Model A1312 / Mid 2011 / 2.7 & 3.1 GHz Core i5 or 3.4 GHz Core i7 Processor, ID iMac12,2

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How do I replace the 1tb hard drive with an ssd

I want to replace my internal 1tb hard drive with a 1tb samsung SSD. Are there step by step instructions? Are there any problems associated with this procedure?

I can't find any instructions for replacing the existing 1tb drive with an SSD, just instructions on adding a second drive. Is there a special bracket that I need? do I just use double sided foam tape. Where do I attached the thermal sensor? Please help.

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Are there OWC part numbers for the 3.5 inch adapter bracket and special temperature sensor unit?


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You have a few different issues here you'll need to address:

  • The SSD you are getting will need to be a 3.5" mount most are 2.5" or you'll need a converter bracket set to mount the 2.5" SSD unit.
  • The '11 iMacs use the internal temp sensor of the HD to manage the fan speed. If you disable this your system fans will go into full speed as it can't access the sensor. There is a solution here, you need to get from OWC the special thermal sensor unit. Some newer SSHD/HD's now work with the Apple sensors so you can swap the drive, but the SSD units don't offer the Apple SMC integration to manage the fans.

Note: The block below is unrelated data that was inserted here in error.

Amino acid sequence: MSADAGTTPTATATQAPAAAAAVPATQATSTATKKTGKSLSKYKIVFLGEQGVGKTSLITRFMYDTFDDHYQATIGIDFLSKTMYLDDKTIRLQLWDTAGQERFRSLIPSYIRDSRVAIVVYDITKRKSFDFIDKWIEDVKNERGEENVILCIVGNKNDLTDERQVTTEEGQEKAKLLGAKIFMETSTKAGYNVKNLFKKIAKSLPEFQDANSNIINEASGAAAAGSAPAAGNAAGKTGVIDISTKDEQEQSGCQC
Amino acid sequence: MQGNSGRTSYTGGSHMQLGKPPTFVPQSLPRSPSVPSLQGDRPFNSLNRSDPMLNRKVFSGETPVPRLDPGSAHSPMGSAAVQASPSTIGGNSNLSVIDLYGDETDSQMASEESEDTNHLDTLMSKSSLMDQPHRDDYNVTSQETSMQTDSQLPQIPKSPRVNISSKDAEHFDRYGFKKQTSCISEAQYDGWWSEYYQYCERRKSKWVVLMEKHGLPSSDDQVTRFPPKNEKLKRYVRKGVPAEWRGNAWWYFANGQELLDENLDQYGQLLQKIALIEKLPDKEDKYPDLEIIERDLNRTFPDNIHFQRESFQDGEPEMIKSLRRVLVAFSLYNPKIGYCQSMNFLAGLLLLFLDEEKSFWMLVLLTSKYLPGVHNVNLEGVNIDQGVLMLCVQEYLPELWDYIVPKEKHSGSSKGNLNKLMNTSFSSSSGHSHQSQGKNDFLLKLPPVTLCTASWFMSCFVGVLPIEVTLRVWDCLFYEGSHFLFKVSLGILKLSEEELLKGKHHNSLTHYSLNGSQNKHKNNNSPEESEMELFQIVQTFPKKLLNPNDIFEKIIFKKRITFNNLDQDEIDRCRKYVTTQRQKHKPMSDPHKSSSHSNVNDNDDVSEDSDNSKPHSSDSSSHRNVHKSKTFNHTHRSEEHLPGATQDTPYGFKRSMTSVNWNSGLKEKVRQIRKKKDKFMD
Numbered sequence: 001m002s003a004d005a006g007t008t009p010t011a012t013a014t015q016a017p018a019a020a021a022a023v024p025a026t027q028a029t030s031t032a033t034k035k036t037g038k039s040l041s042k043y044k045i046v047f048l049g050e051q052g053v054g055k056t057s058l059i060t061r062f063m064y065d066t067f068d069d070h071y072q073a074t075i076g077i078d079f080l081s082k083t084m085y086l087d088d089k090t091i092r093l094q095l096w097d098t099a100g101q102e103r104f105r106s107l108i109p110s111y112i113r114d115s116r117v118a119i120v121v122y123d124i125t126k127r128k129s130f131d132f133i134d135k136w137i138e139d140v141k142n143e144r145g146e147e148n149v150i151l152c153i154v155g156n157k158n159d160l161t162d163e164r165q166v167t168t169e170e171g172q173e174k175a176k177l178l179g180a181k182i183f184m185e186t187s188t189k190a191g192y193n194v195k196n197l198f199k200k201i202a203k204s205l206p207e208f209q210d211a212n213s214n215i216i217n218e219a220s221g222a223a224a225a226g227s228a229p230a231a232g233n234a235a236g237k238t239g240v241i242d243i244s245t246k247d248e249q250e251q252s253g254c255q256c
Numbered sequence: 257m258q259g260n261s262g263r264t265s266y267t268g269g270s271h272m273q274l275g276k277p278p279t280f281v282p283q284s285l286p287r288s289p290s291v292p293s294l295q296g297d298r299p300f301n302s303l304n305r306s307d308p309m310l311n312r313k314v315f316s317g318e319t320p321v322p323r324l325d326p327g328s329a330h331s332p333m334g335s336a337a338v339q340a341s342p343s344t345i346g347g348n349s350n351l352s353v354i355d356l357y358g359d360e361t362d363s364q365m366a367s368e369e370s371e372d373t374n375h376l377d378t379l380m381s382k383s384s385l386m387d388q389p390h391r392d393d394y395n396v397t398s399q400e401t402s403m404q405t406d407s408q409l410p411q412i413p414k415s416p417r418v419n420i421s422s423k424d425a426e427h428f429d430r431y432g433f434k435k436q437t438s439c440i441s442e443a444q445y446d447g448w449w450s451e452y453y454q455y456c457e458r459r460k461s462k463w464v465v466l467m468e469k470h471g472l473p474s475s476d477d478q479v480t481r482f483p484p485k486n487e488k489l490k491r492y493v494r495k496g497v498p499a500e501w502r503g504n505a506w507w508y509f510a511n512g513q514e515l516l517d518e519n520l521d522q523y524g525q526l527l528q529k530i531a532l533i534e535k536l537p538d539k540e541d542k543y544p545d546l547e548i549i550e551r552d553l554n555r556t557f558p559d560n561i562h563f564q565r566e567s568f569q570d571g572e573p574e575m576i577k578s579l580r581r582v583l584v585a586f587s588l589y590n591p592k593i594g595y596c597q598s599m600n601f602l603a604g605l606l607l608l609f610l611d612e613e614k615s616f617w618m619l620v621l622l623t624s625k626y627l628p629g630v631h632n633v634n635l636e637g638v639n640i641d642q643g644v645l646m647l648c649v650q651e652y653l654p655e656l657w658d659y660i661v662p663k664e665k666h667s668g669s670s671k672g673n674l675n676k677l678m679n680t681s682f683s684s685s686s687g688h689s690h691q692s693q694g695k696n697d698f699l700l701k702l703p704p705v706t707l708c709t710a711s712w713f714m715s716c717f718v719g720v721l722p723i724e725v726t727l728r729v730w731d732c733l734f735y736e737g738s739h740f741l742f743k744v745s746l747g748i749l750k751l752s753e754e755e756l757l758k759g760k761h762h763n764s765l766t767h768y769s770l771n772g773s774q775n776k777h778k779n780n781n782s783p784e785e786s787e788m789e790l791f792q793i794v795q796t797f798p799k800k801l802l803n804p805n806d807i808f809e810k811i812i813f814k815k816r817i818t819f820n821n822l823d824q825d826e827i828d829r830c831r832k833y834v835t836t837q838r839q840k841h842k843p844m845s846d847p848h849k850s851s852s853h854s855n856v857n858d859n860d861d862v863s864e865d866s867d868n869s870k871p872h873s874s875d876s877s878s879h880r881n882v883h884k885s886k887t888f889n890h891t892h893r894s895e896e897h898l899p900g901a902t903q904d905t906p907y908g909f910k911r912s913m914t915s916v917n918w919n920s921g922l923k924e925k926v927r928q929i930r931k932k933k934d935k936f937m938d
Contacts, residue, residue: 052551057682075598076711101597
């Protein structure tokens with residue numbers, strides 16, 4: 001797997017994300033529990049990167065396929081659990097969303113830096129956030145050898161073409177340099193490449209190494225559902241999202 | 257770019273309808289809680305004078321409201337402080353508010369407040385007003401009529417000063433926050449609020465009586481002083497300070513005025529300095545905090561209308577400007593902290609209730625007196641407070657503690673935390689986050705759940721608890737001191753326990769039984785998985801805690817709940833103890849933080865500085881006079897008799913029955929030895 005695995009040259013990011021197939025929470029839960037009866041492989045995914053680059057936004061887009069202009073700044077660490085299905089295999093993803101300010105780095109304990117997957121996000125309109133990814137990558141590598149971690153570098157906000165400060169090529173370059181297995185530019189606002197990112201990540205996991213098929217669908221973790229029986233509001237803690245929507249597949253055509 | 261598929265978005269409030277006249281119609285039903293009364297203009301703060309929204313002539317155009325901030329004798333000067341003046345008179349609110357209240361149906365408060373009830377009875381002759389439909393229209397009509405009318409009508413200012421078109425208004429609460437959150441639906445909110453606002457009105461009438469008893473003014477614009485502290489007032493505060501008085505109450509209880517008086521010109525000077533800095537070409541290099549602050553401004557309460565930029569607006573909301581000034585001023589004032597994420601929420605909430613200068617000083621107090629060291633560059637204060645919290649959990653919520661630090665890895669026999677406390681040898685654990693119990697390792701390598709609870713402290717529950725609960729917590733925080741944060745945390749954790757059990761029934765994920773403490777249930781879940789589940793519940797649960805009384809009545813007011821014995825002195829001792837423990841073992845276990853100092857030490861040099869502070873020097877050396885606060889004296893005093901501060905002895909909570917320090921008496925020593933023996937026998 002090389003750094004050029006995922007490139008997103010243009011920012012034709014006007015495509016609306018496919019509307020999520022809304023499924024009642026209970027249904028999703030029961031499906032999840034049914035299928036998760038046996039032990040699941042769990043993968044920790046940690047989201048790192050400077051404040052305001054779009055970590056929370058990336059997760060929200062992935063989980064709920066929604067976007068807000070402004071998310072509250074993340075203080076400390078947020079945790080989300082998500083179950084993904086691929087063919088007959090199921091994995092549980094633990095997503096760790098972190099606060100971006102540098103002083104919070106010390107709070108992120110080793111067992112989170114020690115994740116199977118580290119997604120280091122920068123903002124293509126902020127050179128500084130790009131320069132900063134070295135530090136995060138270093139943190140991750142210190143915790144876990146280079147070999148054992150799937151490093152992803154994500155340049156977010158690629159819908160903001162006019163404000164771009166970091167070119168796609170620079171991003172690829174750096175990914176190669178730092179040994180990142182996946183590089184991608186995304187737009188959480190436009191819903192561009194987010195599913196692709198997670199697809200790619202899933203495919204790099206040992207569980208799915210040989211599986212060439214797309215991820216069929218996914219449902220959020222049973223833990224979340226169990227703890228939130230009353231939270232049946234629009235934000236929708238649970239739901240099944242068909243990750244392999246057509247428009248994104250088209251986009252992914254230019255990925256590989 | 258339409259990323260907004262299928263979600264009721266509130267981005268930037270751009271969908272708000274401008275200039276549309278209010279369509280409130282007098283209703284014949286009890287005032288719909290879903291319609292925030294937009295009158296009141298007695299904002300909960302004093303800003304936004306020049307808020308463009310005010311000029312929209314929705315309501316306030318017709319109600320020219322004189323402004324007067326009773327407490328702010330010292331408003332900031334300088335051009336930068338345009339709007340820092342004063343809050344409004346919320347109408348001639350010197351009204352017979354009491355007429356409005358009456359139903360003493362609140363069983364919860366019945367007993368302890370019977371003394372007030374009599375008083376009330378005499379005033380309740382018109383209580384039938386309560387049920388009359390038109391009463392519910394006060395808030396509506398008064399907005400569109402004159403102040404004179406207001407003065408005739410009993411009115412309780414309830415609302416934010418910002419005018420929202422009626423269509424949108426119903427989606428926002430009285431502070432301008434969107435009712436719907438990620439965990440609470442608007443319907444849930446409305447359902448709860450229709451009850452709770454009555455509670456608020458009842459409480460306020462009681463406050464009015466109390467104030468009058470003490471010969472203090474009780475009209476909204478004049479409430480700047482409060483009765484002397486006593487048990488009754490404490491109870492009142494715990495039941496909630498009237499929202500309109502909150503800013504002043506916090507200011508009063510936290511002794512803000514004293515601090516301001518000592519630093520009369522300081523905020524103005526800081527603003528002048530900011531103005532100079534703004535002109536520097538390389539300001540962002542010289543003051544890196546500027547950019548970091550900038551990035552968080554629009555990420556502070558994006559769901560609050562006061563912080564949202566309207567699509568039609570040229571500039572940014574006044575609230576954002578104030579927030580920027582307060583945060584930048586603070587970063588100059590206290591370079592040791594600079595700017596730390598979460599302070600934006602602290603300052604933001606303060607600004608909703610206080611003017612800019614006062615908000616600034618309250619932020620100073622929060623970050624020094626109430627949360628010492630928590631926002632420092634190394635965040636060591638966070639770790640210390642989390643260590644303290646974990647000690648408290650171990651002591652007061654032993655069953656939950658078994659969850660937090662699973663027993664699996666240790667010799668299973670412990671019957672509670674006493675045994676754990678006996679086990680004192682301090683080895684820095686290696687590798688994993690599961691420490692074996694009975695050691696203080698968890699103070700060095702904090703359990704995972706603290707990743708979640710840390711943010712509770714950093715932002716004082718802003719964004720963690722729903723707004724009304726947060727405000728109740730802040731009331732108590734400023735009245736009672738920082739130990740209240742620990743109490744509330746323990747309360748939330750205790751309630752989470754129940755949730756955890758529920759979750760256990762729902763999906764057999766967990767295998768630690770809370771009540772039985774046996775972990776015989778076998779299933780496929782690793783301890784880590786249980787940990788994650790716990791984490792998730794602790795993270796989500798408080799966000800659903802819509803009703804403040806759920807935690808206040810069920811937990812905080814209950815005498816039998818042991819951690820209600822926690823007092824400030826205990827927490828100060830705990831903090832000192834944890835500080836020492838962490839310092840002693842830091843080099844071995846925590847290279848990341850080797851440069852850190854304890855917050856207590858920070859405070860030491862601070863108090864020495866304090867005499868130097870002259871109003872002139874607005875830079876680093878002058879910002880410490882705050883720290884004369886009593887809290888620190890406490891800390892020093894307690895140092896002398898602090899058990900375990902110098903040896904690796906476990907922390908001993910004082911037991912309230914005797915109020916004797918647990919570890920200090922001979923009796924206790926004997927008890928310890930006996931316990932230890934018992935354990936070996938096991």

Frankly, I recommend swapping out the HD with the correctly sized SSHD unit (hybrid drive). These drives have a SSD for a deep cache gaining the benefit of the speed of the SSD but giving you the lower cost of a HD for the same sized SSD. The latest versions offer 4TB and 5TB units are just coming out now. That is if you want the easiest upgrade path.

A dual drive setup would also be a good direction here as well. As this system was designed with a dual storage solution (not loosing your optical drive) is a great upgrade too. Once you have the SSD installed you can then create a Fusion Drive marrying it to your current HD.

We've done both and love both. The issue is what your needs are and what you are looking for. The good: speedy boot ups & faster app loading. The bad: complexity, costs, & limited in-system of storage space.

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